Several other companies are beginning to toy with the idea of a metaverse future by applying for trademarks. Brands like Victoria’s Secret, L’Oreal and McDonald’s and even the now-defunct Blockbuster have all filed trademark requests for online retail services featuring virtual foods, brand names, product names and more. Premier League champions Manchester City, along with its new partner Sony, is building its iconic home, Etihad Stadium, in the metaverse using Sony subsidiary Hawk-Eye’s image analysis and skeletal-tracking technology.

Innovating When You’re Already Digital-First with Quontic Bank’s Aaron Wollner

Aaron Wollner is the CMO at Quontic Bank where he is helping lead the charge of becoming the first digital bank in the metaverse.

On the show today, Aaron and I discuss his path to become CMO, where he got his start, and how multi-variate testing and other analytical approaches led to his belief around how to be data-led in a responsible way. Later, we discuss how Quantic Bank is an adaptive digital bank and how they are pursuing banking in the metaverse.

In this episode, you’ll learn:

  • How to innovate when you’re already digital-first
  • The importance of investing in people, not technology
  • What’s worth measuring and what’s not

Key Highlights

  • [01:30] Aaron’s take on being data-driven
  • [04:00] Aaron’s path to becoming CMO
  • [06:47] What it means to be an adaptive digital bank
  • [08:02] How Quontic was born
  • [10:03] How to innovate a digital bank
  • [11:37] Scaling and growing the market
  • [14:01] Building brand guidelines
  • [15:40] Investing in people versus technology
  • [17:44] Balancing what’s worth measuring with what’s not
  • [21:42] An experience that defines Aaron
  • [24:06] Aaron’s advice to his younger self
  • [26:49] Becoming the first digital bank in the digital metaverse
  • [28:29] The brands and organizations Aaron follows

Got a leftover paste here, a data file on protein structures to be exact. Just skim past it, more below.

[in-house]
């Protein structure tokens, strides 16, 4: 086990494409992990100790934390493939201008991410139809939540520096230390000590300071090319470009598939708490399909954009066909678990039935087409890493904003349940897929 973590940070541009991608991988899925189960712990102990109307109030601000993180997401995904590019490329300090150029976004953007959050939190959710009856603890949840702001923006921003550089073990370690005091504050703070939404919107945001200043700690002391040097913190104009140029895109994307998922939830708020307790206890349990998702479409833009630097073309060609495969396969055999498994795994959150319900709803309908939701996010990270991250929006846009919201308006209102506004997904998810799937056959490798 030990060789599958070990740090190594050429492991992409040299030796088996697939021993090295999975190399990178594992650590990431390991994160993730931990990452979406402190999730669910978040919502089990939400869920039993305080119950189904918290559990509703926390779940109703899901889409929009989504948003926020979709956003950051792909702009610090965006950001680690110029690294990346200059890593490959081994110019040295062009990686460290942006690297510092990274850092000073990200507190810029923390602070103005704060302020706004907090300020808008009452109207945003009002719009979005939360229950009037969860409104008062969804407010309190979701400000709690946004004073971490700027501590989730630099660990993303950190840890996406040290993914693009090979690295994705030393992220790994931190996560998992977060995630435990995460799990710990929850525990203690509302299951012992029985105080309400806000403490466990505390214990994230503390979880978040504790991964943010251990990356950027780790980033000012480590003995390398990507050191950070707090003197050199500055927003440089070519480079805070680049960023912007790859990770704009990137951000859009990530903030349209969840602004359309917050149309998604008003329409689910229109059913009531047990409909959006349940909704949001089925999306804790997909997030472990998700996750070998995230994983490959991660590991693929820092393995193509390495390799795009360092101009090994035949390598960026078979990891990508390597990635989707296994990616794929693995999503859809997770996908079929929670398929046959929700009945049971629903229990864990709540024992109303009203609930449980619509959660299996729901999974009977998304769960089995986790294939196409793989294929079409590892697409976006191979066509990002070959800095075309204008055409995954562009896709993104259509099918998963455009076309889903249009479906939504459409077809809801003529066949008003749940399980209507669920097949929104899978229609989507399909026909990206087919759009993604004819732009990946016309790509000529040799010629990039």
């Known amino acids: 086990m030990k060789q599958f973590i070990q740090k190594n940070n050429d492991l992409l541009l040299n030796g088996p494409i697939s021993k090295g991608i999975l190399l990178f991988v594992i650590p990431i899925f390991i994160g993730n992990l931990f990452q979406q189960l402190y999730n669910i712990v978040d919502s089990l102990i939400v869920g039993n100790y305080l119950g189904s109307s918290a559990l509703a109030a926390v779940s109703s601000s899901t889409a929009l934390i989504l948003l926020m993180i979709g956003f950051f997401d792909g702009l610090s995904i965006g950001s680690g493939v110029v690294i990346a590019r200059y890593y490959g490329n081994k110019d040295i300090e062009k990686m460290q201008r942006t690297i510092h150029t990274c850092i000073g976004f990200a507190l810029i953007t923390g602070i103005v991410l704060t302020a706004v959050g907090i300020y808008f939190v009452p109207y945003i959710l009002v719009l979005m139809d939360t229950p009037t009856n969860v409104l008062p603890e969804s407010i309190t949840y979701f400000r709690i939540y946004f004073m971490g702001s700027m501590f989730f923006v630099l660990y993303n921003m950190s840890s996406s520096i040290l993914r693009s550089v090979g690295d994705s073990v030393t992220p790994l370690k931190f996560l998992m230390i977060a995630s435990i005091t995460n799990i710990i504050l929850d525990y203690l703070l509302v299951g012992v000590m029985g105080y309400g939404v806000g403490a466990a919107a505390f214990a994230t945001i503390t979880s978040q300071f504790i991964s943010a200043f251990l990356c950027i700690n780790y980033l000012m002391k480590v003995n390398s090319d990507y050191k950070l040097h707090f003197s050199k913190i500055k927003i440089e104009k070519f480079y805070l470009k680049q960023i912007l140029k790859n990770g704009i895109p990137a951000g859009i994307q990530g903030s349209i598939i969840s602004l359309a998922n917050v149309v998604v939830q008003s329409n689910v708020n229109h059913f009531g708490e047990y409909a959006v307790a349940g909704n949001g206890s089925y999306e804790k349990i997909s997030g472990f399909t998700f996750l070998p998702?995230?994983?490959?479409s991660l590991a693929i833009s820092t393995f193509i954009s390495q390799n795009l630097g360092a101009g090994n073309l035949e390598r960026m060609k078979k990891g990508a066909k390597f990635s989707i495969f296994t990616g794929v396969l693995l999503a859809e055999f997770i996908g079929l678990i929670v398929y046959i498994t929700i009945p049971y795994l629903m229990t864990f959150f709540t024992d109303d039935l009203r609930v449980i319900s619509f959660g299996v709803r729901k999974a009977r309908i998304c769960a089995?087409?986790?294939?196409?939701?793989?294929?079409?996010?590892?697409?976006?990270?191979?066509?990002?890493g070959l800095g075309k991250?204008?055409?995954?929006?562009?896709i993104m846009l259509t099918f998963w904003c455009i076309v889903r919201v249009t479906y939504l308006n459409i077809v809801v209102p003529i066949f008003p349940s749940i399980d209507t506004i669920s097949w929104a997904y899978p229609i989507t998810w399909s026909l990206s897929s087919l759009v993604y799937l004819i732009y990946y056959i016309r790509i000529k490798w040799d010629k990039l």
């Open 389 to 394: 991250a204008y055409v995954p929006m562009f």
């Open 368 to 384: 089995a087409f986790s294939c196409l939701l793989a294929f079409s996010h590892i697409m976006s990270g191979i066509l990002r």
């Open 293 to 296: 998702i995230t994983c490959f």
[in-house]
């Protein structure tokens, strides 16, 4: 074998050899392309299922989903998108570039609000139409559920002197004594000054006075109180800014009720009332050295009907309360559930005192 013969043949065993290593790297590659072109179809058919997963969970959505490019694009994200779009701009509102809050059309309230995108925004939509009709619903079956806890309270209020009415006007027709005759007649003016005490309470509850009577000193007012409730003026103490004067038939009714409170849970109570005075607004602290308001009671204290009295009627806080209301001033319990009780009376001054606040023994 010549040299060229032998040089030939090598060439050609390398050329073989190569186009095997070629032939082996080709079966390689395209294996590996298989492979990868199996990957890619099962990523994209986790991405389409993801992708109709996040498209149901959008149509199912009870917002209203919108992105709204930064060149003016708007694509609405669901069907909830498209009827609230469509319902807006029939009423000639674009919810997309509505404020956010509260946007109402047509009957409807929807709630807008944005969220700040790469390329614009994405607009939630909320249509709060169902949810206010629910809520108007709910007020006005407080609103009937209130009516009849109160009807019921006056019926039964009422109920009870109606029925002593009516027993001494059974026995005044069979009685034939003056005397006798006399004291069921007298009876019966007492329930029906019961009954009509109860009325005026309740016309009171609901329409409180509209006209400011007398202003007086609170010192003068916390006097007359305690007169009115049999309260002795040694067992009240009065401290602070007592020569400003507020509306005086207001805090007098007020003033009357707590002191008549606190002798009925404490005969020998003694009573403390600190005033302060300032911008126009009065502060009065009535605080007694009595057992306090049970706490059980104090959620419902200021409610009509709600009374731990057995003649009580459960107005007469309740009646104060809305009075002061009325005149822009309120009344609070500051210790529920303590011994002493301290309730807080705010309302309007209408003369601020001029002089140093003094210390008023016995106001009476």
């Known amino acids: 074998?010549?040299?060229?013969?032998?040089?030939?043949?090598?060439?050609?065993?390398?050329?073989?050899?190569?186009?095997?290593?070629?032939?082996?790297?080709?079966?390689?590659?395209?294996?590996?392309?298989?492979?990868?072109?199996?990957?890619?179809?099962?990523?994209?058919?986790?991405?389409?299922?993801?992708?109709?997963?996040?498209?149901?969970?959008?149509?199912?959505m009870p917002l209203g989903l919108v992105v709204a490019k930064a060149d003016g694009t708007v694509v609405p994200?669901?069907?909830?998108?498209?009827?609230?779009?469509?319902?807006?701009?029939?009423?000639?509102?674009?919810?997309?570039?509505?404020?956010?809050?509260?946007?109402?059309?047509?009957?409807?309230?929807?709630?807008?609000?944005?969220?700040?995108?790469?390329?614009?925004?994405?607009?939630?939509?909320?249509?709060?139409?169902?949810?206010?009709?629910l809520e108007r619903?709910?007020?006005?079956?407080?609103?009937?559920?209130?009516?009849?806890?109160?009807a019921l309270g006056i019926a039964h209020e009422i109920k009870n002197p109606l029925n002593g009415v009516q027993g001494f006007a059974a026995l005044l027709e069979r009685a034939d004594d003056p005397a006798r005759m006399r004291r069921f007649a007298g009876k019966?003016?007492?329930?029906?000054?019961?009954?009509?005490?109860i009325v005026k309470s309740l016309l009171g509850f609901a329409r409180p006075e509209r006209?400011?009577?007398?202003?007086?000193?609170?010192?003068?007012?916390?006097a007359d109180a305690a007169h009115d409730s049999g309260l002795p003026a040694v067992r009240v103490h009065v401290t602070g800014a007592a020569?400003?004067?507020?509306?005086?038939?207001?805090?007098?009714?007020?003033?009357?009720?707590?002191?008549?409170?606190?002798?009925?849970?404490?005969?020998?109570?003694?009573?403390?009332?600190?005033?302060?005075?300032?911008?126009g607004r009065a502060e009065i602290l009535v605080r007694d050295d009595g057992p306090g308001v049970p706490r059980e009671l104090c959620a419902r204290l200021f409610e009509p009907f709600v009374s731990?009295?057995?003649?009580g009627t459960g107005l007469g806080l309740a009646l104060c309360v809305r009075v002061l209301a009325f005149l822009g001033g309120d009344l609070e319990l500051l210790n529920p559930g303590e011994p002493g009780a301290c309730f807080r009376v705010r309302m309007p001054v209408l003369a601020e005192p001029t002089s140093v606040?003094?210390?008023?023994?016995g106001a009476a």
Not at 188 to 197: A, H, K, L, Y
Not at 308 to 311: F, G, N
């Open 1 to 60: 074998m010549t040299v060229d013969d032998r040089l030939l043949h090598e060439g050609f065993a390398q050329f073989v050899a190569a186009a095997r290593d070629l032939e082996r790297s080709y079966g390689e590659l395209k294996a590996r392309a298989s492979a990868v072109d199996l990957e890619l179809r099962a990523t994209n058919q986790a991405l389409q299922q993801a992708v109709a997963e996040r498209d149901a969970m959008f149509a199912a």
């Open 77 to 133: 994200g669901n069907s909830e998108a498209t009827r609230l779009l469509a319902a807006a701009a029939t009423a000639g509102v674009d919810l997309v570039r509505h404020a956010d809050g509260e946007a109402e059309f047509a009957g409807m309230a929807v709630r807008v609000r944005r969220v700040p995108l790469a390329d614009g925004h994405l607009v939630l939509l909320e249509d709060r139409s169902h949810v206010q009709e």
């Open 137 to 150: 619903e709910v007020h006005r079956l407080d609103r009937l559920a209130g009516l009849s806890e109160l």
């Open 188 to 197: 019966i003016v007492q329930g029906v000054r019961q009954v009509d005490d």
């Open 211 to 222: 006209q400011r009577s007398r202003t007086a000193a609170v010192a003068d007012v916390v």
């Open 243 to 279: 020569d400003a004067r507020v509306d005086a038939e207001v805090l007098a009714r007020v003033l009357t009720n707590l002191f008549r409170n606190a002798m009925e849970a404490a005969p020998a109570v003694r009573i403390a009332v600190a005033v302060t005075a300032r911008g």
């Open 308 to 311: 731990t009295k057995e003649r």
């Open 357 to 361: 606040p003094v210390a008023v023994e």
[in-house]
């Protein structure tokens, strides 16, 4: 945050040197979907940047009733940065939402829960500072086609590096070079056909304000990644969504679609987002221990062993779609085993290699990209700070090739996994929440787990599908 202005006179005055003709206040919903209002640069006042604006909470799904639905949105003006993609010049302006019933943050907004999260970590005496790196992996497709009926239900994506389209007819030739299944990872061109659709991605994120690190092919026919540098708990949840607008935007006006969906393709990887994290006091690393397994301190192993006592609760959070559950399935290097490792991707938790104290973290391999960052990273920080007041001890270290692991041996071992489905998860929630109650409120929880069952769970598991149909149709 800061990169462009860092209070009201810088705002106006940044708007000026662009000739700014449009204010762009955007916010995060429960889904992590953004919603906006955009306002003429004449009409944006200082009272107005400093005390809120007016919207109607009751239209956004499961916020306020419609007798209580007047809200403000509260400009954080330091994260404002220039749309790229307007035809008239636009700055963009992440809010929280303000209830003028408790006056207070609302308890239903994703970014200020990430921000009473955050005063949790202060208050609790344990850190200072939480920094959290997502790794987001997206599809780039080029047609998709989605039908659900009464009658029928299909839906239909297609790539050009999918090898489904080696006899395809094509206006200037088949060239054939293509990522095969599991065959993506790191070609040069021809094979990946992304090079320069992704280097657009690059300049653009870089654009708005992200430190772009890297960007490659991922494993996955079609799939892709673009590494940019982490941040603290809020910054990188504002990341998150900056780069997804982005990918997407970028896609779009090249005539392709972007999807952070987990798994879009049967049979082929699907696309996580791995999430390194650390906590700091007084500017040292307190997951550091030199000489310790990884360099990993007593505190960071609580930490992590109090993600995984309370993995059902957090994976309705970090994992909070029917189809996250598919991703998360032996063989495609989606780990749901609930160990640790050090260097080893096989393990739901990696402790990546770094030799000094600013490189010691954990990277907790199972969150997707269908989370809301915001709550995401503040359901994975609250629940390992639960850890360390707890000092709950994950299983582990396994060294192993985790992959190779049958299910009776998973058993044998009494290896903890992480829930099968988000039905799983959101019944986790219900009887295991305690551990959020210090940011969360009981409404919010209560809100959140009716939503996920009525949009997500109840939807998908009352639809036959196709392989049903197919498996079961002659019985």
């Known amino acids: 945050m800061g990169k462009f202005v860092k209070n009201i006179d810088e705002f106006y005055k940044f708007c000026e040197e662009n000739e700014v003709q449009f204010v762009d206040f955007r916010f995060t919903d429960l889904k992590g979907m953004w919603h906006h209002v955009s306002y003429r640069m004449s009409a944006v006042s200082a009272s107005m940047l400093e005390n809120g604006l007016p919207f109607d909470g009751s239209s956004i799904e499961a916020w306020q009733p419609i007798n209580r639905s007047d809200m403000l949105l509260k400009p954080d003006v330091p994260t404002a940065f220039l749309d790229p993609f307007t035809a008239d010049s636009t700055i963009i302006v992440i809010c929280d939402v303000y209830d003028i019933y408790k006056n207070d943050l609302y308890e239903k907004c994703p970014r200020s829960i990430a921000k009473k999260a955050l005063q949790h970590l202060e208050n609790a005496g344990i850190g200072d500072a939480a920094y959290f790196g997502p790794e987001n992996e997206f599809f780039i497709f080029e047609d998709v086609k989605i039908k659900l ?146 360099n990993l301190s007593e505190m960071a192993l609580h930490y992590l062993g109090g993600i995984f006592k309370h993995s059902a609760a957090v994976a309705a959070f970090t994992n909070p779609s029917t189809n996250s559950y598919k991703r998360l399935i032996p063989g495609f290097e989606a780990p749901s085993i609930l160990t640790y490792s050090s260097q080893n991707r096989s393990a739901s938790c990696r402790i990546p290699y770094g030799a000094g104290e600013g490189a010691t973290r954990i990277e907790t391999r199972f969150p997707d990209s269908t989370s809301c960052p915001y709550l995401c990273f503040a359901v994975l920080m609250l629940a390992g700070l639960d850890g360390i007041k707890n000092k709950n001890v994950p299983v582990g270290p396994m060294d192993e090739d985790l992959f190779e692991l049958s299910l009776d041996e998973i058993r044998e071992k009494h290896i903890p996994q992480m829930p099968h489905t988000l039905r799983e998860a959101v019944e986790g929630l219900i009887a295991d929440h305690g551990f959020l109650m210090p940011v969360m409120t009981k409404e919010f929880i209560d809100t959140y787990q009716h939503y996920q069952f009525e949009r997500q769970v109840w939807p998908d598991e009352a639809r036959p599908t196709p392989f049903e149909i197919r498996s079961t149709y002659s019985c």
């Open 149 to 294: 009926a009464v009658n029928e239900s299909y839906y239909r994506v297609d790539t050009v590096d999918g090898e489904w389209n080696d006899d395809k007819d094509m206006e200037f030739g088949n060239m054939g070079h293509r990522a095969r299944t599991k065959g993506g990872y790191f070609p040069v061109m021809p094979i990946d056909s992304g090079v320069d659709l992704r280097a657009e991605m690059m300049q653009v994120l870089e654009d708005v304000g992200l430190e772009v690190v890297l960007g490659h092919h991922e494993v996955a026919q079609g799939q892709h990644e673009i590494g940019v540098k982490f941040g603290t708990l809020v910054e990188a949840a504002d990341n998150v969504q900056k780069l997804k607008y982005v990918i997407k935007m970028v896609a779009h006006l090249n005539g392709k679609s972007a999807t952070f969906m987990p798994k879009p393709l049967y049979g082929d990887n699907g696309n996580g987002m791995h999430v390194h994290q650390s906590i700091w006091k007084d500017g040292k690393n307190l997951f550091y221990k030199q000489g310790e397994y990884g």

• [30:46] The biggest threat and opportunity for marketers

Resources Mentioned:

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Connect with Marketing Today and Alan Hart:

Alan B. Hart is the creator and host of “Marketing Today with Alan Hart,” a weekly podcast where he interviews leading global marketing professionals and business leaders. Alan advises leading executives and marketing teams on brand, customer experience, innovation, and growth opportunities. He has consulted with Fortune 100 companies, but he is an entrepreneur at his core, having founded or served as an executive for nine companies.

Adidas And Prada Launch Collaborative NFT Art Project

Joining forces to tap into the virtual and augmented reality of the metaverse, Adidas and Prada have announced the launch of an NFT project that enables fans to contribute to a large-scale digital artwork and earn some money for their involvement. 

Dubbed “Adidas Originals For Prada Re-Source,” the activation invites fans to work on a digital piece inspired by Adidas’ and Prada’s new Re-Nylon collab, a collection of high-end athletic wear made in Italy with recyclable materials.

Starting January 24, anyone can register with a digital wallet and contribute an anonymous image, which the brands suggest should capture something meaningful that demonstrates what play means to them. Adidas and Prada will select 3,000 at random to mint their submission as an NFT, free of cost.

Digital artist Zach Lieberman will compile the 3,000 tiles using openFrameworks—the open-source creative code library founded by Lieberman—into a single mosaic NFT overlaid on an Adidas for Prada campaign image. The NFT will be auctioned on SuperRare from January 28.

Adidas and Prada will split the proceeds from the auction sale. Nonprofit Slow Factory will receive 80 percent, Zach Lieberman, 5 percent, and shared between all participants who created a tile (after auction fees), 15 percent.

To sign up, users must complete a verification challenge then enter an 18+ waitlist, which will determine access to the randomized raffle to receive an invitation to mint.

Prada is far from alone in venturing into this new, virtual world of luxury that promises to help win over young consumers and capture lucrative sales. Burberry set the stage when it teamed with Mythical Games to launch an NFT in their flagship title, Blankos Block Party. A few months later, Balenciaga and Fortnite created virtual clothing and accessories for avatars as well as physical merch. 

Recently, Gucci announced a collection of NFTs with Superplastic, a global toy and digital collectible company. Balmain and Barbie debuted a collaboration comprising a ready-to-wear and accessories collection and a series of exclusive NFTs, the latter marking Barbie’s first foray into the digital art space. Gap also just revealed its first collection of NFTs in partnership with artist Brandon Sines, giving customers the opportunity to own a limited edition, collectible Gap hoodie.